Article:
At least I’m not alone. Barbra Streisand has had tinnitus since she was a child. Martin Luther King, Jr. suffered from it too. Even Alex Trebek of Jeopardy-fame deals with tinnitus. I love Alex Trebek. I wish tinnitus also came with knowledge and respect.
Clearly, that isn’t the case. Recent Presidential Medal of Freedom recipient, Rush Limbaugh also has tinnitus. Shit. For a while there I thought I was in good company. I really wish I hadn’t read that.
I visit the audiologist. In a submarine-type chamber, I push a hand-held clicker every time I hear a ping or a ding through the din of my own incessant chartreuse buzz. The tinnitus is louder in this silent, enclosed space. I long for the distraction of the sounds of daily life.
It seems I have minor hearing loss in my left ear. They’ll check it again in six months. I don’t feel like I’ve been missing words or straining to hear through the persistent hairdryer on high in my head. Afterall, I still very clearly hear my husband’s snoring. I put earplugs in which make head hullabaloo seem even louder, still his grizzly bear impersonation breaks through and keeps me awake into the wee hours.
“Be honest,” I ask the audiologist, “Is this high-pitched sound permanent?”
“It is hard to tell,” she says. “There is no way to gauge the degree of noise that is caused by nerves misfiring in the brain. Sometimes it goes away in 12-16 weeks,” she offers hope. It has been eleven. “Sadly, if it doesn’t disappear on its own there really isn’t anything we can do. But we have support groups.”
I imagine sitting in a circle with a group of strangers. “Hi, I’m Suzanne and I have tinnitus.” “Hi Suzanne,” they all say as we go around the group and describe the vuvuzela screaming in our heads.
And I wonder, if a support group had been available to Vincent Van Gogh, would he have cut off his ear after a horrible bout of tinnitus? Since the sound is deeper than the flaps on the side of my head, I imagine Van Gogh got no relief from the cricket concert performing on the stage that was his eardrum.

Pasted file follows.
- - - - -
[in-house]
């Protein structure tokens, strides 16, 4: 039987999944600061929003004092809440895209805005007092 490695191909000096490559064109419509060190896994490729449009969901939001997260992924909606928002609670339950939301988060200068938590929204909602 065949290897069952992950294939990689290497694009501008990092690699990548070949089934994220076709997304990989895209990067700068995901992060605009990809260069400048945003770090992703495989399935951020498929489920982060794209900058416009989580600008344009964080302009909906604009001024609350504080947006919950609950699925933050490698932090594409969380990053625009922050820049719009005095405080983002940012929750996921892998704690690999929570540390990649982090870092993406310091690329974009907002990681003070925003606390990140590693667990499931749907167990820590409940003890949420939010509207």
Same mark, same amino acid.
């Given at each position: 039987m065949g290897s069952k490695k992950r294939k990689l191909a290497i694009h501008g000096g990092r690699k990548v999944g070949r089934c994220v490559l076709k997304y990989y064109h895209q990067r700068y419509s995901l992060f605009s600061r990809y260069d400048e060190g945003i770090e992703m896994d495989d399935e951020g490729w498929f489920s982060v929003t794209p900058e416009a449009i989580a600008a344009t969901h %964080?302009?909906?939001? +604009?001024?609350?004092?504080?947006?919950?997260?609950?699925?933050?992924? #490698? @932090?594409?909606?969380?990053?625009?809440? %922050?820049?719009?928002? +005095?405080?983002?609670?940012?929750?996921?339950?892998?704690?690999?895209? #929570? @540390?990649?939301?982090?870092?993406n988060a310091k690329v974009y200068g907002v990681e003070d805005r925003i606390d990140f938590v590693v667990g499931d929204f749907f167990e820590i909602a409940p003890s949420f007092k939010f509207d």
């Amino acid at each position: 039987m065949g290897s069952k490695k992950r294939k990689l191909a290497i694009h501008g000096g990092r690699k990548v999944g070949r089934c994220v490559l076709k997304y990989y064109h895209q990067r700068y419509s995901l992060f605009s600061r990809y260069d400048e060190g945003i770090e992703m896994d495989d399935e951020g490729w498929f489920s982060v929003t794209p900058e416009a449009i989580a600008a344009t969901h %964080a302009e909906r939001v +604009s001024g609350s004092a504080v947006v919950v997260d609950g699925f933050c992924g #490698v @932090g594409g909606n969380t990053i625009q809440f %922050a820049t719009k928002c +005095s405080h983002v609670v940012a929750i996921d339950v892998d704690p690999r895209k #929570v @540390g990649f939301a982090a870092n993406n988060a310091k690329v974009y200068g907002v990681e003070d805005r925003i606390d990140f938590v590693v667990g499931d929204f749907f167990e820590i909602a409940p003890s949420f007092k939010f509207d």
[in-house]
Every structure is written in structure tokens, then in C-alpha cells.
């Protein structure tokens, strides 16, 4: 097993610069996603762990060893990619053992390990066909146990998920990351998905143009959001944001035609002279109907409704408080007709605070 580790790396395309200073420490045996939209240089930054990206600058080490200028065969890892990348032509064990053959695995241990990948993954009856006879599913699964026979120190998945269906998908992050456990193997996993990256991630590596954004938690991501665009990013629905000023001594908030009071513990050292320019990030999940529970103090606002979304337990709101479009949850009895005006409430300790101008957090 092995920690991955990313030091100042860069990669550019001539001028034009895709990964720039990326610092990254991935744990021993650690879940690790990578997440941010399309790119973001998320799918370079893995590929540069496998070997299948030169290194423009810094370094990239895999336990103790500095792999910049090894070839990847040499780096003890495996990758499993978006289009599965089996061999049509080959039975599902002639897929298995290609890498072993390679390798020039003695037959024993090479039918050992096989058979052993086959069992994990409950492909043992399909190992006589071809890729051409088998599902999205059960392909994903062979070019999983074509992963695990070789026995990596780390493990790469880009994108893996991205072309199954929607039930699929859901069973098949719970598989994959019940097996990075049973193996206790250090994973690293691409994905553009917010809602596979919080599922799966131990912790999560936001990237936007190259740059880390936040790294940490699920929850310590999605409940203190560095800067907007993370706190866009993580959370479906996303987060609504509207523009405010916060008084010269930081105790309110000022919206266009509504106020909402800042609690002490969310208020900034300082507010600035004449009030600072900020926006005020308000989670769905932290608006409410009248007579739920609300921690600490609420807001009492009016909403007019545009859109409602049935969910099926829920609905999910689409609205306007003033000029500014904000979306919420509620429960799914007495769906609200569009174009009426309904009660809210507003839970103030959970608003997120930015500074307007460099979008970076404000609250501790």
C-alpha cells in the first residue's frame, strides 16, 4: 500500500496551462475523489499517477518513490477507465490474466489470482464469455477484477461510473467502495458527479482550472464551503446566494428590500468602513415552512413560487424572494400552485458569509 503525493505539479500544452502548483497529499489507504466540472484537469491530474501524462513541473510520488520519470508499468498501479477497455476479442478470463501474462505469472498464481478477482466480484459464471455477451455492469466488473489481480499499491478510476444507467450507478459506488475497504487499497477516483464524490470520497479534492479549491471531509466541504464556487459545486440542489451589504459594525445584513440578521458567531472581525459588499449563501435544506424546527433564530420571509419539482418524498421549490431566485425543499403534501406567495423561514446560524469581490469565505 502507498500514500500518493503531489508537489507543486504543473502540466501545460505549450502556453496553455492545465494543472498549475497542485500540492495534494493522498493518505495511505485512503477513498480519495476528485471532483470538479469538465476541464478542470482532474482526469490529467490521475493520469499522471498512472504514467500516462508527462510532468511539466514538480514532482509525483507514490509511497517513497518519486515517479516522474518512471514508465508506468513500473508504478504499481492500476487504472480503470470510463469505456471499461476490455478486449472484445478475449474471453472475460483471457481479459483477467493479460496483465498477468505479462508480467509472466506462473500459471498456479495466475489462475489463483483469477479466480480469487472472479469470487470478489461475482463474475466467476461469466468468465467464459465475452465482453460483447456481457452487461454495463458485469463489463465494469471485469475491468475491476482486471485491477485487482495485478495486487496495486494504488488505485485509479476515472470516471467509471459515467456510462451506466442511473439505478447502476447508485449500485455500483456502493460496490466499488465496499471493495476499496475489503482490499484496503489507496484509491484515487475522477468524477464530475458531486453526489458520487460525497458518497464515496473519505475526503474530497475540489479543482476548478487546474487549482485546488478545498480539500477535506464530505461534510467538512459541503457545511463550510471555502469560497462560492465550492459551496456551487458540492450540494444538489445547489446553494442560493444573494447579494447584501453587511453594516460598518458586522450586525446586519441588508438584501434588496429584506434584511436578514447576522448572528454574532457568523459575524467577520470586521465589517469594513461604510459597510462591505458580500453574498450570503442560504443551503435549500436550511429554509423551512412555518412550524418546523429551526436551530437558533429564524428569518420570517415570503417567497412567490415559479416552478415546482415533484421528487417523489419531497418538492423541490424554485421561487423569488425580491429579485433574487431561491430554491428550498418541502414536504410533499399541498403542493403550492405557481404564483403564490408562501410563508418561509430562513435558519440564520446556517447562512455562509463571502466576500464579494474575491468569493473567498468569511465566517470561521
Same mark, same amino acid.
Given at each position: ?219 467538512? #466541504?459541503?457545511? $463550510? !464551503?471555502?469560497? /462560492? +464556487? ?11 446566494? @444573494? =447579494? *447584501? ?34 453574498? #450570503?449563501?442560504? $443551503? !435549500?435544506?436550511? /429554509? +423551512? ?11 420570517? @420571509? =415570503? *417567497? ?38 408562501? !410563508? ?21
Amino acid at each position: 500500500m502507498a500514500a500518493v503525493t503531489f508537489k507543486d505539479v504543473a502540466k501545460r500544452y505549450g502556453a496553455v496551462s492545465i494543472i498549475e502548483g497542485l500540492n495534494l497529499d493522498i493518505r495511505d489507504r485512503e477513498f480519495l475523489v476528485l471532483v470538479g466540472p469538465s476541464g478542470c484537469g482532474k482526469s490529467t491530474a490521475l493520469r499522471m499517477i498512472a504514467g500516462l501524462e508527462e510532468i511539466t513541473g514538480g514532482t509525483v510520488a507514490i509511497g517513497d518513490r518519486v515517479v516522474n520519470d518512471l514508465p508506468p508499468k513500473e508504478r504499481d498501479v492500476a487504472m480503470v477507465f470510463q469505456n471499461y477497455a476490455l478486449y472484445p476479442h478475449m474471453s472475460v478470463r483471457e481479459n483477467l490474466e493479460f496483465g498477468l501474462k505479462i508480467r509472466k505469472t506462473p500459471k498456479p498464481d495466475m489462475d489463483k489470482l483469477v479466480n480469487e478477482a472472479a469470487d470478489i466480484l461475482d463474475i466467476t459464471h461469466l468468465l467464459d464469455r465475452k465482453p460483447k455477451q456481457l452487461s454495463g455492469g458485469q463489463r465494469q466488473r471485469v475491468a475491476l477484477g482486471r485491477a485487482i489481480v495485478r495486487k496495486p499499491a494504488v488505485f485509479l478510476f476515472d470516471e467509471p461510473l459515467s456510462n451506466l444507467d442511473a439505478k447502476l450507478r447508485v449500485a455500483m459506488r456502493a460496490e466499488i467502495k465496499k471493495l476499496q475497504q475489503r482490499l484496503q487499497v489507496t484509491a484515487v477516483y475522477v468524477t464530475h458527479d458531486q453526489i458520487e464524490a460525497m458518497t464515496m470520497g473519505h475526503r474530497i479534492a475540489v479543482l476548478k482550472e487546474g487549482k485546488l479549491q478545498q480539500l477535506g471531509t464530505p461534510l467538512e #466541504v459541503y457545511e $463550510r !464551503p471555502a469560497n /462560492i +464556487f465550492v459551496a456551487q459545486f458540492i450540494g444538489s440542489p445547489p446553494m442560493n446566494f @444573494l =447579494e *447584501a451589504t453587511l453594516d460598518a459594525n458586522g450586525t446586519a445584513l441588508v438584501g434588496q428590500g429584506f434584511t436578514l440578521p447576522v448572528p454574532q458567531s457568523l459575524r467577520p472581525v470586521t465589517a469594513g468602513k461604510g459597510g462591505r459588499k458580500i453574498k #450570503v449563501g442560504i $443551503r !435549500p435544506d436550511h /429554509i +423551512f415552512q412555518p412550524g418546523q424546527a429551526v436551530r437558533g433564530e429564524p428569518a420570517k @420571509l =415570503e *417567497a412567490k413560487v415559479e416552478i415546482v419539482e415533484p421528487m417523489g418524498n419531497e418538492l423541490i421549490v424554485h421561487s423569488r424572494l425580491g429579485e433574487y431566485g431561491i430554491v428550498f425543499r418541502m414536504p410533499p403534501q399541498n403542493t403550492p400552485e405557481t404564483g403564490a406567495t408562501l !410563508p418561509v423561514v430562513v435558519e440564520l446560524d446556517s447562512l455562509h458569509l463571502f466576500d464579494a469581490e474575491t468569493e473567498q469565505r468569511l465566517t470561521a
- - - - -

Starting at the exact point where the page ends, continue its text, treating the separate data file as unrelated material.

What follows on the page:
“How loud is your car radio typically set?” asks the Ear Nose and Throat specialist during our phone appointment. Ok, I admit that I have been known to turn up my radio and sing rather loudly to Guns and Roses. But I have the factory-installed sound-system that buzzes if I get to a 7 or an 8. I haven’t outfitted my Prius with sub-woffers and I generally listen to NPR.
“Do you use power tools in your job?” There have been times where I’d have loved to carve out a better plot in my stories with a jackhammer, but no.
“Have you been in a car accident? Hit your head? Been concussed in anyway?” I shake my stable head filled with my non-concussed but noisy brain.
“The ototoxic chemicals in cigarettes can cause tinnitus,” he shares, “Do you smoke?” “No.”
“Are you on any medications?” He goes through a list and again, the answer is no.
The Doctor recommends giving up caffeine and alcohol. I am willing to try anything. After a three-week joyless trial run of life without coffee, chocolate and wine, I still hear the active bee hive. Thankfully that wasn’t the answer. But then, since it wasn’t the answer, what is?
When Rumi said, “Listen to silence. It has so much to say,” I’m guessing he didn’t have tinnitus. But I wonder, if 50 million Americans suffer from ceaseless sound, what is our version of silence trying to say?
I try reframing the sound, considering it as a constant companion, one that joins me on hikes, one that lets me know I am not alone. When my kids left home, I feared the silence of my empty house. Maybe this was the answer to my prayers.